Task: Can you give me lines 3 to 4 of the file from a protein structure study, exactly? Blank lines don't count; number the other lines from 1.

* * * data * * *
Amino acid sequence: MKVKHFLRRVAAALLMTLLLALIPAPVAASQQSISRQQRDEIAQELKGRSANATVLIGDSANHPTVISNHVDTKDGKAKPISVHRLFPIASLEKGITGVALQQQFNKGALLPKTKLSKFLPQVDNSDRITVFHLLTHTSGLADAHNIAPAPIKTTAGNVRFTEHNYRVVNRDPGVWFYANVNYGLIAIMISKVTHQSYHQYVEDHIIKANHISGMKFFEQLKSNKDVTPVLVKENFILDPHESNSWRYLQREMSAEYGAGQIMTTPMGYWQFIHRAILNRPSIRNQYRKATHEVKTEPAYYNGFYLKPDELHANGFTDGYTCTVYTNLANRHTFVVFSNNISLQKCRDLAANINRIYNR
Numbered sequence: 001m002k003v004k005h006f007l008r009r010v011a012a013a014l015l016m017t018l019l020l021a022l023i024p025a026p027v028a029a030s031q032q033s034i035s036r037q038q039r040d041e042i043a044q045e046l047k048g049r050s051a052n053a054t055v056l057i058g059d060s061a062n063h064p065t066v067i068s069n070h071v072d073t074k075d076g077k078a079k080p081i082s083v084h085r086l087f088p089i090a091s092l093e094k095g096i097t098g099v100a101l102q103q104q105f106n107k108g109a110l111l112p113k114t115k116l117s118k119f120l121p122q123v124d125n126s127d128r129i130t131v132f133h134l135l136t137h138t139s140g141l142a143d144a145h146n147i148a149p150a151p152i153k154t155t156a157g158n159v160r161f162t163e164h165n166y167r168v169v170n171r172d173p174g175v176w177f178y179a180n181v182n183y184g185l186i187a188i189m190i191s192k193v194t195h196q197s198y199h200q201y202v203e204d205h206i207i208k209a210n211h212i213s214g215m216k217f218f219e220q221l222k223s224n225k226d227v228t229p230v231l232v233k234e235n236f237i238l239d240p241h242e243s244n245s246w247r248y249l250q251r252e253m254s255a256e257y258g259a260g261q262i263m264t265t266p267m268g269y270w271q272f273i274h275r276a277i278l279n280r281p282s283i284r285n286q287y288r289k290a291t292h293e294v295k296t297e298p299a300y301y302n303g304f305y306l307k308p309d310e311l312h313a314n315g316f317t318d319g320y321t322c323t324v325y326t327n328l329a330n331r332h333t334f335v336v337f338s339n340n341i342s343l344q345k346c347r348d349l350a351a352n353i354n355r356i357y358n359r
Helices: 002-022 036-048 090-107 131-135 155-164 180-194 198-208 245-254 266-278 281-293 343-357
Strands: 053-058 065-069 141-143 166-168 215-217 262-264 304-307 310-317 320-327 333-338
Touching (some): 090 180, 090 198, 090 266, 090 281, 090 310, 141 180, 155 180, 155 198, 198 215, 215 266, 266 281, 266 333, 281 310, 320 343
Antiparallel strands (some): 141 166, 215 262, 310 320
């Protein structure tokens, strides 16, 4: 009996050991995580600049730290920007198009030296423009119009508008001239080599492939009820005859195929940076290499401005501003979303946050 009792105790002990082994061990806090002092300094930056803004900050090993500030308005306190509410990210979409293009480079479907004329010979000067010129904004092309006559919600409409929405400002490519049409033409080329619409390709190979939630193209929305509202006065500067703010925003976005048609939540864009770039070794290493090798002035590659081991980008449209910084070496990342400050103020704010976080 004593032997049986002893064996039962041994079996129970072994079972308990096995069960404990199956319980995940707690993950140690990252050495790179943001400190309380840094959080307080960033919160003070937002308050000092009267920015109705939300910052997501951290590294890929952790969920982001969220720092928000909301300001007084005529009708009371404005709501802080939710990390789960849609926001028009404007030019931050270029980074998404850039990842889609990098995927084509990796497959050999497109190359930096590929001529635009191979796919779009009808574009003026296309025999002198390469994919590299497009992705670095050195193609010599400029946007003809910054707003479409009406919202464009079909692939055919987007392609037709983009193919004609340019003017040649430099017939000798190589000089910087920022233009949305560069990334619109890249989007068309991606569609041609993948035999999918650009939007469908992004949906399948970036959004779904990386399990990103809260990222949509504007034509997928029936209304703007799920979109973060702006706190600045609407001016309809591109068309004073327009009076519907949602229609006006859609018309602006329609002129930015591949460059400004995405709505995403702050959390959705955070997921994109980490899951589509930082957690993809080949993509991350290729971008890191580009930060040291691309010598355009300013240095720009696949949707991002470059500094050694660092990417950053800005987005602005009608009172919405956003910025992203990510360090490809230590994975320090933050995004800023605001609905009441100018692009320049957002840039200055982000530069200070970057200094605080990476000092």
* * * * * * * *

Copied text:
Helices: 002-022 036-048 090-107 131-135 155-164 180-194 198-208 245-254 266-278 281-293 343-357
Strands: 053-058 065-069 141-143 166-168 215-217 262-264 304-307 310-317 320-327 333-338